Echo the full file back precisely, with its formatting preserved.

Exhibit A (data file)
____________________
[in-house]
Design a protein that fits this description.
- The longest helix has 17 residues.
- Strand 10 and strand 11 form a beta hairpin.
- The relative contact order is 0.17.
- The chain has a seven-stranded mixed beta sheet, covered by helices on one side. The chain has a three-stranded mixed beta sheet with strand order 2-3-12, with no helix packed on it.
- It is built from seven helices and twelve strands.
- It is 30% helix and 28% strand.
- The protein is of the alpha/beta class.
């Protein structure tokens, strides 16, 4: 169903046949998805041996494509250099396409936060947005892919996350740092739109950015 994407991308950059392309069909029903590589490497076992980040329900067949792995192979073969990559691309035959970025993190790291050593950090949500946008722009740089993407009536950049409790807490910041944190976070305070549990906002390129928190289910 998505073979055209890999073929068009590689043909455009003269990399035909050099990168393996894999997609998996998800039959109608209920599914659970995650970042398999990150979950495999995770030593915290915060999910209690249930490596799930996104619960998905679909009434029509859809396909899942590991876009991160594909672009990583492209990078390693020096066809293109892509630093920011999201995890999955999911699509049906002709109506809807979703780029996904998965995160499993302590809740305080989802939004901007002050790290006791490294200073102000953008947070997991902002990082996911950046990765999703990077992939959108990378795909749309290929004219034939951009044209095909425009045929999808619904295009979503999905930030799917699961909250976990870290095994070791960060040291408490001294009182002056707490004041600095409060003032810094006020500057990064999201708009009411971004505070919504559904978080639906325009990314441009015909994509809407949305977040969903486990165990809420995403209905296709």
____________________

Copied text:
[in-house]
Design a protein that fits this description.
- The longest helix has 17 residues.
- Strand 10 and strand 11 form a beta hairpin.
- The relative contact order is 0.17.
- The chain has a seven-stranded mixed beta sheet, covered by helices on one side. The chain has a three-stranded mixed beta sheet with strand order 2-3-12, with no helix packed on it.
- It is built from seven helices and twelve strands.
- It is 30% helix and 28% strand.
- The protein is of the alpha/beta class.
């Protein structure tokens, strides 16, 4: 169903046949998805041996494509250099396409936060947005892919996350740092739109950015 994407991308950059392309069909029903590589490497076992980040329900067949792995192979073969990559691309035959970025993190790291050593950090949500946008722009740089993407009536950049409790807490910041944190976070305070549990906002390129928190289910 998505073979055209890999073929068009590689043909455009003269990399035909050099990168393996894999997609998996998800039959109608209920599914659970995650970042398999990150979950495999995770030593915290915060999910209690249930490596799930996104619960998905679909009434029509859809396909899942590991876009991160594909672009990583492209990078390693020096066809293109892509630093920011999201995890999955999911699509049906002709109506809807979703780029996904998965995160499993302590809740305080989802939004901007002050790290006791490294200073102000953008947070997991902002990082996911950046990765999703990077992939959108990378795909749309290929004219034939951009044209095909425009045929999808619904295009979503999905930030799917699961909250976990870290095994070791960060040291408490001294009182002056707490004041600095409060003032810094006020500057990064999201708009009411971004505070919504559904978080639906325009990314441009015909994509809407949305977040969903486990165990809420995403209905296709």